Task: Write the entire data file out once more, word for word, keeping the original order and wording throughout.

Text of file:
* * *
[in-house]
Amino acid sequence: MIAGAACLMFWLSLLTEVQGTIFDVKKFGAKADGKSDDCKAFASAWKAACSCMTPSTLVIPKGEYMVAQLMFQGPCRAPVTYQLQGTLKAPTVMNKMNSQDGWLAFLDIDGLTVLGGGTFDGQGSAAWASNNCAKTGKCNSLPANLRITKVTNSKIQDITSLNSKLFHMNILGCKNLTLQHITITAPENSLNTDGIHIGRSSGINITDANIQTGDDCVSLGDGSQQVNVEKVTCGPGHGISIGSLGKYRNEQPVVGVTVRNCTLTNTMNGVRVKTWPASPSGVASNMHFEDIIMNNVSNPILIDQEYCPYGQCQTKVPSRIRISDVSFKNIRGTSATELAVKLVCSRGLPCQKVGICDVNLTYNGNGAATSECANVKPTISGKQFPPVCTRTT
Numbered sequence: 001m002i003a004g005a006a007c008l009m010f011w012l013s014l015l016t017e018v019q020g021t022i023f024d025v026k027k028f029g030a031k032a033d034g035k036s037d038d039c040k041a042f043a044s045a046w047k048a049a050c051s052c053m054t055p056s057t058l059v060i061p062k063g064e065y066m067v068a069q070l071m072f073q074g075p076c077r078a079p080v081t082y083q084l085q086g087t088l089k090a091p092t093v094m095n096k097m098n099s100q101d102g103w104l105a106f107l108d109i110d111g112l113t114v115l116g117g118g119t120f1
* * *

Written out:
[in-house]
Amino acid sequence: MIAGAACLMFWLSLLTEVQGTIFDVKKFGAKADGKSDDCKAFASAWKAACSCMTPSTLVIPKGEYMVAQLMFQGPCRAPVTYQLQGTLKAPTVMNKMNSQDGWLAFLDIDGLTVLGGGTFDGQGSAAWASNNCAKTGKCNSLPANLRITKVTNSKIQDITSLNSKLFHMNILGCKNLTLQHITITAPENSLNTDGIHIGRSSGINITDANIQTGDDCVSLGDGSQQVNVEKVTCGPGHGISIGSLGKYRNEQPVVGVTVRNCTLTNTMNGVRVKTWPASPSGVASNMHFEDIIMNNVSNPILIDQEYCPYGQCQTKVPSRIRISDVSFKNIRGTSATELAVKLVCSRGLPCQKVGICDVNLTYNGNGAATSECANVKPTISGKQFPPVCTRTT
Numbered sequence: 001m002i003a004g005a006a007c008l009m010f011w012l013s014l015l016t017e018v019q020g021t022i023f024d025v026k027k028f029g030a031k032a033d034g035k036s037d038d039c040k041a042f043a044s045a046w047k048a049a050c051s052c053m054t055p056s057t058l059v060i061p062k063g064e065y066m067v068a069q070l071m072f073q074g075p076c077r078a079p080v081t082y083q084l085q086g087t088l089k090a091p092t093v094m095n096k097m098n099s100q101d102g103w104l105a106f107l108d109i110d111g112l113t114v115l116g117g118g119t120f1